Chapter 1, Introduction, provides a high-level overview of MDA in terms of how it's aimed at raising the levels of abstraction and reuse. It also discusses design-time interoperability, which ties these ideas together into a greater whole, and the concept of models as assets.
Chapter 2, MDA Terms and Concepts, offers introductory definitions of the various acronyms and terms at the heart of MDA. It also provides a road map for the rest of the book.
Chapter 3, Building Models, explains why modeling systems is important, describes the key aspects of good models, and discusses the important concepts of abstraction, classification, and generalization. This chapter also introduces a banking system example that will run throughout the book and provides initial definitions of the terms platform-independent model (PIM) and platform-specific model (PSM).
Chapter 4, Building Metamodels, focuses on the core concepts of metamodels, which are models of modeling languages. This chapter explores the Meta-Object Facility (MOF), which is the OMG's adopted standard for metamodeling. This chapter also expands the discussion of the banking system to show the relationship between elements of the basic model and the elements of the Unified Modeling Language (UML) metamodel.
Chapter 5, Building Mappings, describes the need for mappings between models and describes some mapping functions that might apply in connection with transforming an "analysis" model to a "design" model. It also discusses various types of "horizontal" and "vertical" mappings and issues associated with merging mappings.
Chapter 6, Building Marking Models, discusses marks, which are nonintrusive extensions to models and metamodels that capture necessary information without polluting them. In particular, the focus is on what marks are good for and how to find them for a given mapping function. This chapter also defines the concept of marking models, which serve as adapters between metamodels.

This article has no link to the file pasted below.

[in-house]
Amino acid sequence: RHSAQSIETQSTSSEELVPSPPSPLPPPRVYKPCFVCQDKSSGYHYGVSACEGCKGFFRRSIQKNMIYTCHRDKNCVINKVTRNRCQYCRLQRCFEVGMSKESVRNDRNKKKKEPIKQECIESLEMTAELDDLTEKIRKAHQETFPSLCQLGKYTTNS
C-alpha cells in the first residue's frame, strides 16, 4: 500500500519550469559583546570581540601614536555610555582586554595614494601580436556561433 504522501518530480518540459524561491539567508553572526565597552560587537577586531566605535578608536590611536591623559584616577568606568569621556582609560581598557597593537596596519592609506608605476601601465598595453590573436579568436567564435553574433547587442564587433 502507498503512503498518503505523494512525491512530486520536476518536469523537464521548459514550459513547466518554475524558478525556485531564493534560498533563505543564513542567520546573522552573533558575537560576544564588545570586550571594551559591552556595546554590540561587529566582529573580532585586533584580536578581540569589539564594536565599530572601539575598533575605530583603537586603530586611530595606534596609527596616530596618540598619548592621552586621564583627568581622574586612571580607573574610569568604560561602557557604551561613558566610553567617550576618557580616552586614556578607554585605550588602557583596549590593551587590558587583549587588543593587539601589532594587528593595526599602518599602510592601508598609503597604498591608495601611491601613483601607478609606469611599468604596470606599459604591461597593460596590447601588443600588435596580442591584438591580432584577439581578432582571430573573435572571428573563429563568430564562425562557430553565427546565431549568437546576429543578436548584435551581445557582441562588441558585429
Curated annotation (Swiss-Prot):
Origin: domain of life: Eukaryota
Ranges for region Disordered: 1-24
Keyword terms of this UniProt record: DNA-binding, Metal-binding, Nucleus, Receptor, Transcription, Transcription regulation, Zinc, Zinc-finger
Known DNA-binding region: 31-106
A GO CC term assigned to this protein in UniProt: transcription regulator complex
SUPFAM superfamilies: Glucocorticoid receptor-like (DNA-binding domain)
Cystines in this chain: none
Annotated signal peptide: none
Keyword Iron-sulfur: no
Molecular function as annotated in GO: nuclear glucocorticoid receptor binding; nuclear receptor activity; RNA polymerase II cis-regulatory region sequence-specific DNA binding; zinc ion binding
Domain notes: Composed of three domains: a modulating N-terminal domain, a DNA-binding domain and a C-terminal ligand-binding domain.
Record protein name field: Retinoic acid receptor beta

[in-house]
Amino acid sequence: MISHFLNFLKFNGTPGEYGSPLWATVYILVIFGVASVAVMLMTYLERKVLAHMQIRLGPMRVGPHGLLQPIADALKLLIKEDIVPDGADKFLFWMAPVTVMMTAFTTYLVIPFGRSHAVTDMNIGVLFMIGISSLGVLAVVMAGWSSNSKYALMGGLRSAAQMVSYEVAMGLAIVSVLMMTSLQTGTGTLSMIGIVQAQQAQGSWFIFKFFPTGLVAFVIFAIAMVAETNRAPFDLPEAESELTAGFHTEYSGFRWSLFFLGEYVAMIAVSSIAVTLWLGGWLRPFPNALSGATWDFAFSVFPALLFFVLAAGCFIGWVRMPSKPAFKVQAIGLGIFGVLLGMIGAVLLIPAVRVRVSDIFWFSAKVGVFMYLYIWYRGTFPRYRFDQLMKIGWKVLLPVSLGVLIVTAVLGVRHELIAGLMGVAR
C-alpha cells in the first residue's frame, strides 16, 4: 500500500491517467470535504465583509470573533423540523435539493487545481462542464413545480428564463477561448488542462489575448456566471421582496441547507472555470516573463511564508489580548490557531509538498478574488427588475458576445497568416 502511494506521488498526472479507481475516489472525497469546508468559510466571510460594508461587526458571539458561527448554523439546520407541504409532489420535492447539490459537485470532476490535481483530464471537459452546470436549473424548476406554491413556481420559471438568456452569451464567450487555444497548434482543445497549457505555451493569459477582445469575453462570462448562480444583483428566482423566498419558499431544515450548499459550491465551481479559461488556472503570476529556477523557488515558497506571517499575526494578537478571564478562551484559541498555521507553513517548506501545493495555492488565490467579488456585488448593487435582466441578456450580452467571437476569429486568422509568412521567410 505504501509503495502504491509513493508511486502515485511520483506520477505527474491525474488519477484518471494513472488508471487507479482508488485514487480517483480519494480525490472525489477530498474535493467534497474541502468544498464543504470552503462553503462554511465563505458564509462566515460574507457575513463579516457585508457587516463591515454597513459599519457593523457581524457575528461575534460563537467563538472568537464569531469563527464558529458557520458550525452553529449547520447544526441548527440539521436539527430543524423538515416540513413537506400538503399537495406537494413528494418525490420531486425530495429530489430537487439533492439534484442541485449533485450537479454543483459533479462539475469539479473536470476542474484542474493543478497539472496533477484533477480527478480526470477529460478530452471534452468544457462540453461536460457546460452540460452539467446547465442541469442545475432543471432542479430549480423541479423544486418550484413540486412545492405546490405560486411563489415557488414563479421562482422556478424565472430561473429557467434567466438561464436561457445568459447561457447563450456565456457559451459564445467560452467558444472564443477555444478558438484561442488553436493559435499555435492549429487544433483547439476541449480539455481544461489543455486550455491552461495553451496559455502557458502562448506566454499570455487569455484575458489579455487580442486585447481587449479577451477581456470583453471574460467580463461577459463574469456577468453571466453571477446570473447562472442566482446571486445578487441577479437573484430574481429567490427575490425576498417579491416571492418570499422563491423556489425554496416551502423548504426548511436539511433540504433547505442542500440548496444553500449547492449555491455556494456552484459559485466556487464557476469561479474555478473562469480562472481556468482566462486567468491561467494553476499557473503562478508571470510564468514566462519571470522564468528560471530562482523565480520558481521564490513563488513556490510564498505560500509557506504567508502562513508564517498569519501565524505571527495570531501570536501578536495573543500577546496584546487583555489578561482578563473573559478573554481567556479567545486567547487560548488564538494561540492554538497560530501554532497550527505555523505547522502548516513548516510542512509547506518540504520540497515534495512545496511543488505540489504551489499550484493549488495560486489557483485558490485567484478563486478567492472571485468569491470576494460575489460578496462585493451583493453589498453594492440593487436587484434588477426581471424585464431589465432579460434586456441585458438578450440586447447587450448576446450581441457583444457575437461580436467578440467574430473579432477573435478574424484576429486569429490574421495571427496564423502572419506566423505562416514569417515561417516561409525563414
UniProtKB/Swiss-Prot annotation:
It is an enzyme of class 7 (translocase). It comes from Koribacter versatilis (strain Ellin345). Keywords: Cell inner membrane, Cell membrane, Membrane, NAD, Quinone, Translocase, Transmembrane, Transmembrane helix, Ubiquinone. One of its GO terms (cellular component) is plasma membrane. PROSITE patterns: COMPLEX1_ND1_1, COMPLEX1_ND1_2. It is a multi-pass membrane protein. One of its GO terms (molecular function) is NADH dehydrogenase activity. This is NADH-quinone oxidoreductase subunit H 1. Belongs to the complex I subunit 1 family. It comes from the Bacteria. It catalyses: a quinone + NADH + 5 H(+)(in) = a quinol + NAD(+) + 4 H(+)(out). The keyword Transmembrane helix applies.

Chapter 7, Building Languages, describes how to use a metamodel to define a language for the purposes of improving communication among team members and with machines. This discussion includes an exploration of two different approaches to building languages, one of which involves the MOF and the other of which involves UML profiles.
Chapter 8, Elaborating Models, addresses the idea that a model can be modified after it has been generated. This includes three topics that support MDA's open-minded attitude: managing manual changes to target models, reversibility of mappings, and, most important of all, legacy code.
Chapter 9, Building Executable Models, describes the principles behind models that have everything required to produce the desired functionality of a single domain. These models confer independence from the software platform, which makes them portable across multiple development environments. The chapter also discusses Executable UML, a profile of UML that defines an execution semantics for a carefully selected streamlined subset of UML.
Chapter 10, Agile MDA, discusses an approach to MDA that involves linking models together rather than transforming them, and then mapping all of these models to a single combined model that is subsequently translated into code according to a single system architecture. This approach relies on the Executable UML profile discussed in Chapter 9.
Chapter 11, Building an MDA Process, describes how to select models, mapping functions, and marking models so they fit together into a process suitable for MDA development. Topics include charting the MDA process, identifying models, identifying metamodels and marking models, and constraint propagation.
Chapter 12, Executing an MDA Process, discusses how a model-driven development process works in terms of the key activities and their interdependencies. The discussion includes descriptions of the high-level activities required for conducting any model-driven process, the issues involved in defining a specific process for a project in the presence of multiple platforms and then how to go about it, and how to implement the process and test the resulting system.
Chapter 13, The Future of MDA, describes the authors' views of the most likely directions in which the OMG will take MDA.
The book also includes a glossary, which contains definitions for all of the terms introduced in the body of the text; a bibliography; and an index.